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Die Roten Punkte: Kunst Rock (Art Rock) review

Assembly, George Square

By Ben Walters

If the White Stripes mated with Laurel and Hardy in the Black Forest, the fruits of the union might be something like Die Roten Punkte. This musical-comedy odd couple, whose name translates as ‘the red dots’, were first seen in Australia seven years ago, though the characters are supposedly from outside Berlin: Astrid, on drums, rocks a kind of Goth geisha look and has her feet on the ground while her less worldy, more idealistic baby brother Otto is a kind of post-punk Pierrot with a guitar. Their original songs, bearing traces of Eno and the Pixies and about anything from aspirational dinosaurs to fingers in asses, are stomping headbangers when they get a chance – but a good proportion are stopped in their tracks by wardrobe malfunctions or thoroughly credible sibling squabbling. Luckily, the duo’s comic interaction is as plausible and satisfying as their music, rich in back-story (notably unpacked in a rock-opera childhood memoir) and nuanced in performance; their natural rapport with each other is complemented by different but equally assured styles of playing off the audience. The show’s emotional anchor is a sincere feel for the precarious value of family relationships, from vanishing parents and sibling codependence to phantom pregnancies and unsympathetic guardians. A wall-of-sound arrangement built up from live-sampled loops of the pair’s aggravated bickering is as good an expression as any of how all the petty frustrations of dealing with our nearest and dearest can, almost without our realising it, add up to something rather lovely.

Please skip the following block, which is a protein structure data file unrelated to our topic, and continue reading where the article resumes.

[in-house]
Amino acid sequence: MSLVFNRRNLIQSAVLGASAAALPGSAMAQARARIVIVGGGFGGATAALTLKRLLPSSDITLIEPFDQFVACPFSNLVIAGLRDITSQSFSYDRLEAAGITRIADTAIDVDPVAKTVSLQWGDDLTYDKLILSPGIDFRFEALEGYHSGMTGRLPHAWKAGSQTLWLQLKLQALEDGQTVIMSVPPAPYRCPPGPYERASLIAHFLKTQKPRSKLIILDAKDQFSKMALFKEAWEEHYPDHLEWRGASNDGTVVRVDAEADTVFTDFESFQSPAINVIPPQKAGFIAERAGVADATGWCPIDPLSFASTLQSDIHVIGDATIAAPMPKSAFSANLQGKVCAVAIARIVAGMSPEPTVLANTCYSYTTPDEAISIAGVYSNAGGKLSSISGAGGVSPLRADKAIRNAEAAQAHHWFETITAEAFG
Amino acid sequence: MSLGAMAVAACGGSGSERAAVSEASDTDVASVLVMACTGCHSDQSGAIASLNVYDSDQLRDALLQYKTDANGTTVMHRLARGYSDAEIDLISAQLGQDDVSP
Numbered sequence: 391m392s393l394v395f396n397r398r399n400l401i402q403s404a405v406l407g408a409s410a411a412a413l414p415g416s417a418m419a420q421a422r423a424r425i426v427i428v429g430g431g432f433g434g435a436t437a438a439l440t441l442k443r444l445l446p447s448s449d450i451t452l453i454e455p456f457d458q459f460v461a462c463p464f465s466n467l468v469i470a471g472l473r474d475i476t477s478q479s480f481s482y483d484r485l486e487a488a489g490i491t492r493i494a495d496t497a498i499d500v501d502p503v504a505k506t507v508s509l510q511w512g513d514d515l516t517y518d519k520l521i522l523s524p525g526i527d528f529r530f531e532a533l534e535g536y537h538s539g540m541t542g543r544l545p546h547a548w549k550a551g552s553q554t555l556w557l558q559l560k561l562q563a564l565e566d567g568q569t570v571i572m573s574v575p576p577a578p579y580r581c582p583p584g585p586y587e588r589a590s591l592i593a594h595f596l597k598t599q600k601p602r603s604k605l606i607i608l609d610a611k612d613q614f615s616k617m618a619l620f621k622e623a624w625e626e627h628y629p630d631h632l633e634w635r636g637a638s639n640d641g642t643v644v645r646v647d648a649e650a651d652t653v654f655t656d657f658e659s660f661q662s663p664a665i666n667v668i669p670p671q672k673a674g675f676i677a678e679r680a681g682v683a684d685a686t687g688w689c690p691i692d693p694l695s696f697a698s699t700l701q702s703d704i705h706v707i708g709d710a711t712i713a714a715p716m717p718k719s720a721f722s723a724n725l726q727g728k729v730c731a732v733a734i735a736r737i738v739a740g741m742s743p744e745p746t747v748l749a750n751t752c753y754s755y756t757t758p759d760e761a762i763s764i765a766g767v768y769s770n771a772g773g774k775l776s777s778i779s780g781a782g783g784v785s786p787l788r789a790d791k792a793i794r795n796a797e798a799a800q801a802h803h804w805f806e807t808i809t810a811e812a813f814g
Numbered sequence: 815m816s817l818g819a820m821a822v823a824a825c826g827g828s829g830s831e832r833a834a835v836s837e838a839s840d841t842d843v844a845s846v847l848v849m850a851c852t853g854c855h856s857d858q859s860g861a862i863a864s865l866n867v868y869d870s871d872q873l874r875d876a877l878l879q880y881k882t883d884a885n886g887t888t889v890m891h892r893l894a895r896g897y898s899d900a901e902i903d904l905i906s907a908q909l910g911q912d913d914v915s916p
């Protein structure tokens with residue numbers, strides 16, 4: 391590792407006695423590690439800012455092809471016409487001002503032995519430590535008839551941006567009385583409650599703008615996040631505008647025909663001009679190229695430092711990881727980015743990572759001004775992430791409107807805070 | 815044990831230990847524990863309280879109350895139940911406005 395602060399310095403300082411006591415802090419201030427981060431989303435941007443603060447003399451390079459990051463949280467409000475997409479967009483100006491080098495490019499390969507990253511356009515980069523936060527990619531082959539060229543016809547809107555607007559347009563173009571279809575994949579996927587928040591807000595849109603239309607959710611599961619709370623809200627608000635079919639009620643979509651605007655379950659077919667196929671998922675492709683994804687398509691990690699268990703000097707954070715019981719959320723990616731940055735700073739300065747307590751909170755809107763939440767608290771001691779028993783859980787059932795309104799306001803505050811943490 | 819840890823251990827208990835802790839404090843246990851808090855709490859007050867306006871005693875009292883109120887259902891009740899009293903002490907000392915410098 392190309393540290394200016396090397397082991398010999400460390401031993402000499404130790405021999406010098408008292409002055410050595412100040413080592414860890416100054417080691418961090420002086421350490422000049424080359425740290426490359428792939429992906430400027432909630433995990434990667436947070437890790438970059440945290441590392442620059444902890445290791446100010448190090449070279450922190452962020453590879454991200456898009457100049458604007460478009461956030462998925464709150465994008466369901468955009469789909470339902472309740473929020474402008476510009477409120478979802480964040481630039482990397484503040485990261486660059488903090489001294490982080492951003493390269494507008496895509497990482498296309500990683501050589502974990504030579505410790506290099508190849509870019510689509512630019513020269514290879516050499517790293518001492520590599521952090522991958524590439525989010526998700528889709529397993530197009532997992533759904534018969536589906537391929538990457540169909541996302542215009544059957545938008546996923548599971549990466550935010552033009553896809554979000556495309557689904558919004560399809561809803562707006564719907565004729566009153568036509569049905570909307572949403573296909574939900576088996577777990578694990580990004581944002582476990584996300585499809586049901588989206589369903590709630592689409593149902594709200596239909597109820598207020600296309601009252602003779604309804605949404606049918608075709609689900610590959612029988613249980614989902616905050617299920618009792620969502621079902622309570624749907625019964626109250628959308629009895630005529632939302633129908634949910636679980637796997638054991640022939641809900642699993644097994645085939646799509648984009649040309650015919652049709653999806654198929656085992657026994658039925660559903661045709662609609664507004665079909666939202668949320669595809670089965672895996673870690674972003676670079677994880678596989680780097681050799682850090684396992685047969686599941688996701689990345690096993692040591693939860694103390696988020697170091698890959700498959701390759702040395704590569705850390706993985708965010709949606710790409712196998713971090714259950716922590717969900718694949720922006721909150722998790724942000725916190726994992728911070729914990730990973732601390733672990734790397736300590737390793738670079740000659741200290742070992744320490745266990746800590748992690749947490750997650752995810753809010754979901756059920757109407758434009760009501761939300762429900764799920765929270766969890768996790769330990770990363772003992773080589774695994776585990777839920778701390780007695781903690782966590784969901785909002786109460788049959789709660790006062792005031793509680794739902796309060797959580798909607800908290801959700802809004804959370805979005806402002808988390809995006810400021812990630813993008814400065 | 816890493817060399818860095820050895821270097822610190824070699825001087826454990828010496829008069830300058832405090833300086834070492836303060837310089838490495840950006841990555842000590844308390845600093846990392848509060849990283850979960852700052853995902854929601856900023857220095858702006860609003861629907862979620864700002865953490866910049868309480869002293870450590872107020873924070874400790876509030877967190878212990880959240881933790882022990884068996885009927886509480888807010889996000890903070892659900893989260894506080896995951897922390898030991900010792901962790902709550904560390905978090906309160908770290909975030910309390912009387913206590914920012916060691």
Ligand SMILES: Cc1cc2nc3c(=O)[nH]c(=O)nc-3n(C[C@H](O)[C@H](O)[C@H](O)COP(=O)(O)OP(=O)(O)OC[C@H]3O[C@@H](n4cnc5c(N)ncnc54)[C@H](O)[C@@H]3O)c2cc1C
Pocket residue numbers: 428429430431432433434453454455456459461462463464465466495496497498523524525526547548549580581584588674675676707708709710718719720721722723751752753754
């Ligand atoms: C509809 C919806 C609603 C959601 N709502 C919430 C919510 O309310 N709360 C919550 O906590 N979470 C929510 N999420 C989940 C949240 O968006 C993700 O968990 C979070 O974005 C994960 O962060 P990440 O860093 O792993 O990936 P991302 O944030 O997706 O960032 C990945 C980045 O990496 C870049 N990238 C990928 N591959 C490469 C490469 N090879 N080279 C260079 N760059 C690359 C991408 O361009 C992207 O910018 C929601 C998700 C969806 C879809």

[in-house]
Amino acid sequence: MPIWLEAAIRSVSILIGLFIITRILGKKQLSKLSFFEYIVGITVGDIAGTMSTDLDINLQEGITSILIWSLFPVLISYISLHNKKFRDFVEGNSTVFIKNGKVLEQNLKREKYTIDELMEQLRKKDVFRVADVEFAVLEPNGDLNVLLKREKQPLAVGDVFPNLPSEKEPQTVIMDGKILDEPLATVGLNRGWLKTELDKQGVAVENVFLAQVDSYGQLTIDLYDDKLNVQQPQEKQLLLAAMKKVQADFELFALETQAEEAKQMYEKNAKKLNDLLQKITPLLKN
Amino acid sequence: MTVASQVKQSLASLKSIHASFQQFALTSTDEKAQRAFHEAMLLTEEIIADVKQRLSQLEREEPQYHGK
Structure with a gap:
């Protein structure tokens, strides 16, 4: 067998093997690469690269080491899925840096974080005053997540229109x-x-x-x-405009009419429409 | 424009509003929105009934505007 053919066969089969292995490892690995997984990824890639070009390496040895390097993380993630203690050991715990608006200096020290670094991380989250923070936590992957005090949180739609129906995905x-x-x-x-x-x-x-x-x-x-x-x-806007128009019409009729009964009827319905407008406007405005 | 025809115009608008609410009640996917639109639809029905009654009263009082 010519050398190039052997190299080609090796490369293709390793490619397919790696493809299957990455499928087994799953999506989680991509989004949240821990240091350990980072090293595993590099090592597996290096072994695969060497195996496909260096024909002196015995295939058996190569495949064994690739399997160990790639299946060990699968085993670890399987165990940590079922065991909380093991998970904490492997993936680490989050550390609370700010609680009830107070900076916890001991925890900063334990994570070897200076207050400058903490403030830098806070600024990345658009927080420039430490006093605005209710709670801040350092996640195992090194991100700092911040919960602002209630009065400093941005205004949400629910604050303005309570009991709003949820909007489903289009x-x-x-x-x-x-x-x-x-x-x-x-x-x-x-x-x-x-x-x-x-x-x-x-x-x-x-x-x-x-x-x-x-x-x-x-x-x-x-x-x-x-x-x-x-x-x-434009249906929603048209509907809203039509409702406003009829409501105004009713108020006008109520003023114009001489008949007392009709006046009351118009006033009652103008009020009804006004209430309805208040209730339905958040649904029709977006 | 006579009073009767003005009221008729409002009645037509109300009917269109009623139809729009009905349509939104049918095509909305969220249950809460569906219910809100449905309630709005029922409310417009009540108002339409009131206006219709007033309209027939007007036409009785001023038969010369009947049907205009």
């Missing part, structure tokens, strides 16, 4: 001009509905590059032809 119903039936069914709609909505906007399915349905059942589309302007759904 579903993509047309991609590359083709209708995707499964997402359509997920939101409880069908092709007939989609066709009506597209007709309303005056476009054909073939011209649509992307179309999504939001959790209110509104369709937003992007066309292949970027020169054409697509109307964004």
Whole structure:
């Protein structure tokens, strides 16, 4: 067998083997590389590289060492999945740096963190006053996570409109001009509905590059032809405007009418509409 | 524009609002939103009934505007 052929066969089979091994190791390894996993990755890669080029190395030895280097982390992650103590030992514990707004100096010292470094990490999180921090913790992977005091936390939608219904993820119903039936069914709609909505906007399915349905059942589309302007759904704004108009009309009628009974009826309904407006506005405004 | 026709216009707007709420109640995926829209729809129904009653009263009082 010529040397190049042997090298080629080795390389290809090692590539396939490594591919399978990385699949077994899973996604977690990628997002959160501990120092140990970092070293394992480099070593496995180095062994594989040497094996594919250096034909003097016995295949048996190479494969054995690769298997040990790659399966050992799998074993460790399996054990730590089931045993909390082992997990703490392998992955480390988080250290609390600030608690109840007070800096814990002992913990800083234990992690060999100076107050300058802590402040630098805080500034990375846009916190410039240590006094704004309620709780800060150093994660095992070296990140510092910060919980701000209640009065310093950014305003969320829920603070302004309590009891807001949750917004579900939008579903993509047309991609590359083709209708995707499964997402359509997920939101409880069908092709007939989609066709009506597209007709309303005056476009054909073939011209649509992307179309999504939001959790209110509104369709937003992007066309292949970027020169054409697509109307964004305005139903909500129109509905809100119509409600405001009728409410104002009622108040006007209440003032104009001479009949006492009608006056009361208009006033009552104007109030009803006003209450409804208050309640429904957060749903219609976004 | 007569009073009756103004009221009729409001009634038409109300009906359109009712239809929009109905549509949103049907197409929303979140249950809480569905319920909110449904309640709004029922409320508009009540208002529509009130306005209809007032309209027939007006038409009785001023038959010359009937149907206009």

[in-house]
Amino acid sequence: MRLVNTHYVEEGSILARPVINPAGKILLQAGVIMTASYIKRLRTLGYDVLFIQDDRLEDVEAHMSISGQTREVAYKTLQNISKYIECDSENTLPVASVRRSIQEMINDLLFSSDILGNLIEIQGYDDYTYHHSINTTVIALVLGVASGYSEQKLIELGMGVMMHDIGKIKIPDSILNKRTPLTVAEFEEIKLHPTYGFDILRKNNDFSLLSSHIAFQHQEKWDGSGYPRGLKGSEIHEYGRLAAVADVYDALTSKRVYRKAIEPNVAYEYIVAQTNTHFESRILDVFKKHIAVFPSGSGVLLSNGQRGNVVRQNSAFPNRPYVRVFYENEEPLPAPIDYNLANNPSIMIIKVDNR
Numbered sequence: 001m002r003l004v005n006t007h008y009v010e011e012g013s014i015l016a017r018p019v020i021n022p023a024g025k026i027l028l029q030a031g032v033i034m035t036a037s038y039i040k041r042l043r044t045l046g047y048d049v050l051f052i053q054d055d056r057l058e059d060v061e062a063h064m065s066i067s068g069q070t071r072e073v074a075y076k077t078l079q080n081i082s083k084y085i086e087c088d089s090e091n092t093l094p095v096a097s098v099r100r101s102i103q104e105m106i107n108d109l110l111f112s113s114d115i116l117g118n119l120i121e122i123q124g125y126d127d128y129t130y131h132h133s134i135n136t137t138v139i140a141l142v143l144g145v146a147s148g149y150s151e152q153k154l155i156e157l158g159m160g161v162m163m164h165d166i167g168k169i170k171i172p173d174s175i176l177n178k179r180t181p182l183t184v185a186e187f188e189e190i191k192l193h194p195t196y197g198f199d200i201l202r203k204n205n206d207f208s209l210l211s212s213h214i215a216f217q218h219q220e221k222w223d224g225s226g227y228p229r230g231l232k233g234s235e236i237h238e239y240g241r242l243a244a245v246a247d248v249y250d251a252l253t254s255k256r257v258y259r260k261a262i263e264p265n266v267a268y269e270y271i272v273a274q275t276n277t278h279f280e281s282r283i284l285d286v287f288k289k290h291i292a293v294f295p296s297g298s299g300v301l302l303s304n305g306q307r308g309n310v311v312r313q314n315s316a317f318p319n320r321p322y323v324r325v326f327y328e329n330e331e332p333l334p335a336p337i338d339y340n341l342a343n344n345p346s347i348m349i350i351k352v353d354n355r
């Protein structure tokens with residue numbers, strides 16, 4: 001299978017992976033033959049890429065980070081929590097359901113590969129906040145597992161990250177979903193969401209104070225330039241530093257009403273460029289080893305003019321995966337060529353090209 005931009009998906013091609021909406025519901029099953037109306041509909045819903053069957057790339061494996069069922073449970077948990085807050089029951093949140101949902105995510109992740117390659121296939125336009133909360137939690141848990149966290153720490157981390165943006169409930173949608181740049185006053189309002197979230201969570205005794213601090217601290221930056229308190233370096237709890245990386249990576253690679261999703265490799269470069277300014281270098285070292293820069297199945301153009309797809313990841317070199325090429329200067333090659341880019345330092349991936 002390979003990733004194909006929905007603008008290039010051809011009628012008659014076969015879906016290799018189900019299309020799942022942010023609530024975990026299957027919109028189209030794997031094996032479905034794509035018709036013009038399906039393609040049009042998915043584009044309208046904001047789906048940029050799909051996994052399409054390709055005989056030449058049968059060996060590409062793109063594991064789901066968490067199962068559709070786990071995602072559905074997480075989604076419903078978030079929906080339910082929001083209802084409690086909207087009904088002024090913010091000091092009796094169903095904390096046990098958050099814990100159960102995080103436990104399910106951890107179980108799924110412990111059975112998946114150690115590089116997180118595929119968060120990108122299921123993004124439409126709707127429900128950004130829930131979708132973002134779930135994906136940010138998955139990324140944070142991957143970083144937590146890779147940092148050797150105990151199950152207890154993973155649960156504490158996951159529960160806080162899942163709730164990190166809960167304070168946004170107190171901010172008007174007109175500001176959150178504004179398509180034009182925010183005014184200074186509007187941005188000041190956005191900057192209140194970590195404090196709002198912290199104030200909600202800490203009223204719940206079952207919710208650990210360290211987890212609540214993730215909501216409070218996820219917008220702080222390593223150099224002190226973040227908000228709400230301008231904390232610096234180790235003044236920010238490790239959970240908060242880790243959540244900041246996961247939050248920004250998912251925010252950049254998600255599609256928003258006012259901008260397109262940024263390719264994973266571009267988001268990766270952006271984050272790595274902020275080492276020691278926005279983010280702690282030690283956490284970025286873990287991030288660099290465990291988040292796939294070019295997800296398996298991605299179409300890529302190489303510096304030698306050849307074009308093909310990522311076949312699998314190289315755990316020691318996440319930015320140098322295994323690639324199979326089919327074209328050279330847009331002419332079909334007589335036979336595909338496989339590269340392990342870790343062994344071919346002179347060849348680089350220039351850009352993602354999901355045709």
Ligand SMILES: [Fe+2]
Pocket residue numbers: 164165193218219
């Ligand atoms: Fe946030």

For more from Ben Walters in Edinburgh, follow him @not_television

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